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20 August 2010

Recession affecting mental health

Researchers have found that people affected by the economic recession have a higher risk for mental illness, especially such conditions as depression and anxiety.

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The economic downturn has put millions out of work, but their bank accounts aren't the only things suffering as unemployment remains high and they struggle to find a job.

Surveys by Mental Health America and other researchers have found that people affected by the lousy economy have a higher risk for mental illness, especially such conditions as depression and anxiety.

In the US, the government has taken steps to help. Federal stimulus and jobs bills and unemployment benefit extensions helped some people cope with the effects of the bad economy. And new rules that took effect in July require that group health insurance policies offer the same level of coverage for mental health issues as for other medical or surgical issues.

The government also has promulgated rules to ensure that large businesses choosing to offer mental health and substance abuse benefits, make them available at a level comparable to their existing medical insurance benefits.

Mental health on the brink

David L. Shern, president and chief executive of Mental Health America, considers these important steps toward keeping people mentally healthy as they stand on the brink.

"We need to make sure we provide adequate social safety nets so that, although they will have their life strategy disrupted, their ability to meet basic needs will continue," Shern said.

The survey found that unemployed people were four times as likely as people with jobs to report symptoms consistent with severe mental illness.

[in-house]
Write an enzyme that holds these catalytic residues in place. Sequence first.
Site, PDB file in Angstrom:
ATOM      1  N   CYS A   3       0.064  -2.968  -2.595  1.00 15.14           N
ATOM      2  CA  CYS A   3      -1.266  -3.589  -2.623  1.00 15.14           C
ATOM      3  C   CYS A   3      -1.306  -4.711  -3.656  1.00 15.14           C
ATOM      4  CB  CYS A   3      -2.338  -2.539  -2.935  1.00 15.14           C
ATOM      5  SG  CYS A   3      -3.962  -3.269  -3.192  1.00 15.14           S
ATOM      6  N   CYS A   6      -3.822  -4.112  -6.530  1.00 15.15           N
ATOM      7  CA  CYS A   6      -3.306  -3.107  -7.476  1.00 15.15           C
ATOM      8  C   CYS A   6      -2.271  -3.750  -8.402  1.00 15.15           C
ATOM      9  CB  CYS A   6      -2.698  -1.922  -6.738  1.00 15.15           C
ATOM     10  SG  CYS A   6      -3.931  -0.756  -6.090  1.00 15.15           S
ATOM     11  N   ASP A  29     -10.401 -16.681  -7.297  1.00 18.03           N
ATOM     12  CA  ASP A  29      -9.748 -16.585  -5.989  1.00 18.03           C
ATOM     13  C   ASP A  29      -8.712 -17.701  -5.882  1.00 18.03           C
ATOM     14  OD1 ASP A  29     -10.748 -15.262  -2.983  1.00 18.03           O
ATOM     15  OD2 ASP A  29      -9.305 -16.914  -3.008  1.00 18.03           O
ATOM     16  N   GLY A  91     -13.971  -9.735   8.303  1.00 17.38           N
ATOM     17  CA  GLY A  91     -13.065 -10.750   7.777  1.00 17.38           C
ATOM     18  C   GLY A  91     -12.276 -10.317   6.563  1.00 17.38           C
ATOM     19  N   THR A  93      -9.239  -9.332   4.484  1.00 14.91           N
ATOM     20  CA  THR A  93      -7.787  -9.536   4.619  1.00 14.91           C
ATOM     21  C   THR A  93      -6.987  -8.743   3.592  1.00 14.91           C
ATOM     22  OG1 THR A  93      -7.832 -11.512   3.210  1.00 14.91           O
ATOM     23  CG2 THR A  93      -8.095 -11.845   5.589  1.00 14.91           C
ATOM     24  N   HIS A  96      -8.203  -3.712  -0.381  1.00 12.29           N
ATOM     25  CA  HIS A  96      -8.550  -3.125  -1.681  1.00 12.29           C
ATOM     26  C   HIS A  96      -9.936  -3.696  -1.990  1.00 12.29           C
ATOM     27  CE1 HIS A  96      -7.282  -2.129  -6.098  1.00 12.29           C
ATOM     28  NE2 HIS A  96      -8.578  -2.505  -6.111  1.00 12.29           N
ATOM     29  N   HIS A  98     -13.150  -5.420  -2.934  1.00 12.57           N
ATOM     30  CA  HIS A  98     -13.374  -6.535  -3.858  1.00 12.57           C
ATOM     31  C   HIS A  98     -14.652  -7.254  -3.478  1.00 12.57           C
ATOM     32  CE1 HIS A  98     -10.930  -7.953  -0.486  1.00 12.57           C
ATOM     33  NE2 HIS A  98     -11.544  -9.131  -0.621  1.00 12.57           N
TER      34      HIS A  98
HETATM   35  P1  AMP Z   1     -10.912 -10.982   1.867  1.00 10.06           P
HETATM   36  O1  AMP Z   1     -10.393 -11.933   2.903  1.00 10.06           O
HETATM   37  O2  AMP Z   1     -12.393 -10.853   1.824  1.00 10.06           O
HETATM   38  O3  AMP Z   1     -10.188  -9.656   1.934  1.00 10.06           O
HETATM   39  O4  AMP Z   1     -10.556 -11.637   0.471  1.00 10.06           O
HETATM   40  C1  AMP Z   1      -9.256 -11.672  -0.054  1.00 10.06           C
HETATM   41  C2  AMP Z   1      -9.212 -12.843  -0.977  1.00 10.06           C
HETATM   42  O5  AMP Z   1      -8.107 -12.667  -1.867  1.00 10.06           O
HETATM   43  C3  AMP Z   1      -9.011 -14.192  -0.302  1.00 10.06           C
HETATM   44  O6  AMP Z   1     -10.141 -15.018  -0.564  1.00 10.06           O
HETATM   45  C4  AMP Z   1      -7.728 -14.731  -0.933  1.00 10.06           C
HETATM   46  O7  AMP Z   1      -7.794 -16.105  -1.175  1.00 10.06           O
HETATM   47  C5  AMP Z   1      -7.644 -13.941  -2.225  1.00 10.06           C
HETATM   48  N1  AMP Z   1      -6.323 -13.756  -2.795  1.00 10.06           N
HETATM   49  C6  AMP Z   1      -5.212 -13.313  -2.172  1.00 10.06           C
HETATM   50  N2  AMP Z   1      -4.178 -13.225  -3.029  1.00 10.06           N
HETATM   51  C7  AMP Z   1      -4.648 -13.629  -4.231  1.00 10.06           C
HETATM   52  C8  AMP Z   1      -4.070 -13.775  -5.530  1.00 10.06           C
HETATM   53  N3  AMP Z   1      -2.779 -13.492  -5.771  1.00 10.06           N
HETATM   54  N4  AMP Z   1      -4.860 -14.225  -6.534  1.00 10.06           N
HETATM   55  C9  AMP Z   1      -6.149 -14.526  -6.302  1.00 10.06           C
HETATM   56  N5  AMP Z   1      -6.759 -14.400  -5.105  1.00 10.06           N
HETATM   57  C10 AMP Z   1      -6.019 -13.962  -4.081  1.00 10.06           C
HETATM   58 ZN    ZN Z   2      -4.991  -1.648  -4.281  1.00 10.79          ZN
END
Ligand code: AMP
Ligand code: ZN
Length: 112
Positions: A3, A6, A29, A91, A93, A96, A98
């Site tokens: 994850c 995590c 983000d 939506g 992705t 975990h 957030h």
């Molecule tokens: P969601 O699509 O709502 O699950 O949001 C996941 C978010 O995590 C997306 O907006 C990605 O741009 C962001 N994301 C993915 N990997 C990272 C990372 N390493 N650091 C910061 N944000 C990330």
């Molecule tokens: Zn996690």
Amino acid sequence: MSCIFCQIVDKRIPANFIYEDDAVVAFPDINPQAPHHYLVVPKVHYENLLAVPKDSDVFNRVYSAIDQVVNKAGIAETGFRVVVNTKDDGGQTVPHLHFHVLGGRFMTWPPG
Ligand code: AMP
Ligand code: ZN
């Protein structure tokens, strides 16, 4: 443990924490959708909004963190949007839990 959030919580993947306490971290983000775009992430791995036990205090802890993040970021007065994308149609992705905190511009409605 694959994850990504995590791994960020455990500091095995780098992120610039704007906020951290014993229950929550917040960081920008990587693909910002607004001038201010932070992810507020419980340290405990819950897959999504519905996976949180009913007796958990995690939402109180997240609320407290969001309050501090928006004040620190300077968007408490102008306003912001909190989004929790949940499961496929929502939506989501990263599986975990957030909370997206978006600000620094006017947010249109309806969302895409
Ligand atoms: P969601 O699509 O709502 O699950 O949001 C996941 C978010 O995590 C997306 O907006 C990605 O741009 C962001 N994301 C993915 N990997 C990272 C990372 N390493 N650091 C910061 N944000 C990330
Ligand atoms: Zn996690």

Forced job changes also have effect

But the harmful mental effects of the economy aren't limited to the unemployed. People whose jobs were changed by the economic downturn - those who went through involuntary job changes, or had their hours or pay cut at work - were twice as likely to have symptoms consistent with severe mental illness, the survey found.

It also found that unemployed people were four times more likely to think of harming themselves and twice as likely to report substance or alcohol abuse or worries about their mental health.

Trouble sleeping, eating

"People are anxious and people are depressed," Dr Nada Stotland, a psychiatry professor at Rush Medical College in Chicago, said of the current state of many people. "They're just very, very discouraged. They have trouble sleeping. They may have trouble eating, or they may stuff their mouths with whatever's flying past."

At a time when they need professional help more than ever, many people have less access to it, the survey also revealed. About half of the survey participants who were unemployed said they had difficulty obtaining health care. Of those who hadn't spoken to a doctor about their mental health concerns, 42% said it was because the care was too expensive or they didn't have insurance to cover it.

Stotland said she has seen this in her own practice. "What happens is not necessarily that people don't come in," she said. "It's a concern that they don't come in because they lose their insurance or don't have the money. I have two patients who are in that bind right now."

She said she's urged them to come in anyway, explaining that the financial issues can wait, but people often are reluctant to feel as if they're taking advantage or freeloading.

Tips for maintaining mental health

Shern and Stotland noted steps that people who are unemployed can take to help care for their mental health, including:

  • Embracing the transformative possibilities of their new lives. "They can see this not as the catastrophic end of a lifelong plan to be successful, but more an opportunity to look at that plan, take a look at the world and be ready to take advantage of new opportunities that will eventually emerge," Shern said.
  • Making sure they stay connected with people. "When people are unemployed, they are going to lose that connection," he said. "They lose a very important social network that they had."
  • Finding pleasurable and relaxing pastimes that don't cost money. They could go for a walk, play with their kids or enjoy an old board game that's been gathering dust on a shelf. "Thinking about it, there are a lot of things to do," Stotland said. "There are all sorts of things you can do that you've been overlooking."
  • Eating right and exercising. Following a healthy lifestyle has been shown to promote mental wellness and decrease depression and anxiety, Shern said. (August 2010)


(Copyright © 2010 HealthDay. All rights reserved.)

 
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